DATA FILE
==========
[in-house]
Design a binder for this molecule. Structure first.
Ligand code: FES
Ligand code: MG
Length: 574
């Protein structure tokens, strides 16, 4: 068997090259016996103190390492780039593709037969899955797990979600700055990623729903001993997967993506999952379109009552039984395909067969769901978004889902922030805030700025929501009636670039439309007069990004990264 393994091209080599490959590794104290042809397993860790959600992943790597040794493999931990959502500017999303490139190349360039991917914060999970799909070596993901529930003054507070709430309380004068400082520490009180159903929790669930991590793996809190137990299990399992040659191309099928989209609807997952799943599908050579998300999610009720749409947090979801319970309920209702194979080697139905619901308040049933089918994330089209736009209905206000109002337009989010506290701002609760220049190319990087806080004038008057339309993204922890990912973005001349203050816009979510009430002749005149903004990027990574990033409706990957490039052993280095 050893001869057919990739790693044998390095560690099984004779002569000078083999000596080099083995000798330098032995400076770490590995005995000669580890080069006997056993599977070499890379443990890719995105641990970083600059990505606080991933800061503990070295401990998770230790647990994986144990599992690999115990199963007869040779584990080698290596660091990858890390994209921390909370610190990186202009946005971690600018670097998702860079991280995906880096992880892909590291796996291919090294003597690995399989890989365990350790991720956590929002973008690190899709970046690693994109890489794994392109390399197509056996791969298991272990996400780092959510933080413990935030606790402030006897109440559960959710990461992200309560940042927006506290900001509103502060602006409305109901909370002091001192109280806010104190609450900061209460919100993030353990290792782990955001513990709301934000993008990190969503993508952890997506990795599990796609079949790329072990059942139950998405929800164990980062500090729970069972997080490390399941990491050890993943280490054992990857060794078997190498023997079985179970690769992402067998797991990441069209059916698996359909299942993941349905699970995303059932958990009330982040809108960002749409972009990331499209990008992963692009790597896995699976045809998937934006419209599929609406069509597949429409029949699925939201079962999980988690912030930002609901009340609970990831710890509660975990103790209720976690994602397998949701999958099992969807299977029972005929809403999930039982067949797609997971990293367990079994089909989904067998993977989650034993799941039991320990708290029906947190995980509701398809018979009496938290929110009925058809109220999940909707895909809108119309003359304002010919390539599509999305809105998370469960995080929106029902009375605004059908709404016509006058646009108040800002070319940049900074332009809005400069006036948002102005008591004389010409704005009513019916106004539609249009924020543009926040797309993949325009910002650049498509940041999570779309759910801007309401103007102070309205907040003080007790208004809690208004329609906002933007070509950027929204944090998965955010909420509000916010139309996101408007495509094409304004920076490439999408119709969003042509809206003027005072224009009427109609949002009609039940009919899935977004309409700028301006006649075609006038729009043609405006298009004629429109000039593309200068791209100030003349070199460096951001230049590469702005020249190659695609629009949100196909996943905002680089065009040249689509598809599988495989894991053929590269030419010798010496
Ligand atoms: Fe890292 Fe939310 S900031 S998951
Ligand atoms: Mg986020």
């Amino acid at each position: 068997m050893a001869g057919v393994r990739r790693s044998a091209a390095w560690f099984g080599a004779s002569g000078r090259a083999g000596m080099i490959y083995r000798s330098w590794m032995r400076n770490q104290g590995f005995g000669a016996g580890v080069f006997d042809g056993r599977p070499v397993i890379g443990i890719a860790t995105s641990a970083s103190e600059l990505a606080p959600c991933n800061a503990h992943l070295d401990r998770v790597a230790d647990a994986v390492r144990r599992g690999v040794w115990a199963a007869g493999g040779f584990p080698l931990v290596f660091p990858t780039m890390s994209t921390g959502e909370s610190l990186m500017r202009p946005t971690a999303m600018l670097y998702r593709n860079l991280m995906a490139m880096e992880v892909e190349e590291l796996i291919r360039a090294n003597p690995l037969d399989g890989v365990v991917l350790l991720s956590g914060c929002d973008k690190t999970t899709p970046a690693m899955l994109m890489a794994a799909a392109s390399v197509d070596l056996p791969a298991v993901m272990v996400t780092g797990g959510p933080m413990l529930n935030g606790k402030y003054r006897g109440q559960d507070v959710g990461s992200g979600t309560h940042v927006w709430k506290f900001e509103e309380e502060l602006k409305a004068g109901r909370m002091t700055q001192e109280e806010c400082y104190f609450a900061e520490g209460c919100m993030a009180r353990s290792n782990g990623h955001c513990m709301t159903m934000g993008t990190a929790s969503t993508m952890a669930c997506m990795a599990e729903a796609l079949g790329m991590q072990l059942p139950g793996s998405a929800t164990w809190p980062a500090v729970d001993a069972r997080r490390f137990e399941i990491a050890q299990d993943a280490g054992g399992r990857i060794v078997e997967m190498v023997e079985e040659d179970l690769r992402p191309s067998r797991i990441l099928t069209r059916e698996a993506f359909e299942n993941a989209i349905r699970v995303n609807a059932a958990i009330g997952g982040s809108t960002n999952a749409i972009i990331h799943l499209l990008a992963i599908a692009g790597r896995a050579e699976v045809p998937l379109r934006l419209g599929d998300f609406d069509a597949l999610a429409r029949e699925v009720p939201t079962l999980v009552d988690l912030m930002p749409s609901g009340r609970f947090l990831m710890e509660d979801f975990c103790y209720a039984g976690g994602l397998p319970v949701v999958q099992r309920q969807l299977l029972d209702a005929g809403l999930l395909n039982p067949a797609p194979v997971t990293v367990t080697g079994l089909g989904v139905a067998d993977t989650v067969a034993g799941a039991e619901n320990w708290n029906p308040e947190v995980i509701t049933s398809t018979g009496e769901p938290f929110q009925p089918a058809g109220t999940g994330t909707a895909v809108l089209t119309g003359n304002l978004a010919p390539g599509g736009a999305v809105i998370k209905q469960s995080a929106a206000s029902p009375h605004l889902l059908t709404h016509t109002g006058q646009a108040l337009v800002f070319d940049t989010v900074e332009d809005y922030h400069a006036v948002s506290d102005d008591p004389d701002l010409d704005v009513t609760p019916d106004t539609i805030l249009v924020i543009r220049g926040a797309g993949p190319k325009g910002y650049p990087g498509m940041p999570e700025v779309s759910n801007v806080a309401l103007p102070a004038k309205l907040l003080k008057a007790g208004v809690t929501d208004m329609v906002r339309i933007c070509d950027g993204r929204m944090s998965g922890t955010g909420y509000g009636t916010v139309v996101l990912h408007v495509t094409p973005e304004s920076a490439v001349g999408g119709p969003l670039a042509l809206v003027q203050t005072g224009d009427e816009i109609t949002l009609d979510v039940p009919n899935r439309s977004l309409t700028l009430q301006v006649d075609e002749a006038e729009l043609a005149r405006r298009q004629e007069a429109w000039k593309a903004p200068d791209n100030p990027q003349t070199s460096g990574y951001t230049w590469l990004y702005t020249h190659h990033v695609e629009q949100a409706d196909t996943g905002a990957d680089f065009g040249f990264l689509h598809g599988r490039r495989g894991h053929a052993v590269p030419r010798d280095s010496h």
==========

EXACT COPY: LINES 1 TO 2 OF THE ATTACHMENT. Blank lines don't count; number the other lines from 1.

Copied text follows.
[in-house]
Design a binder for this molecule. Structure first.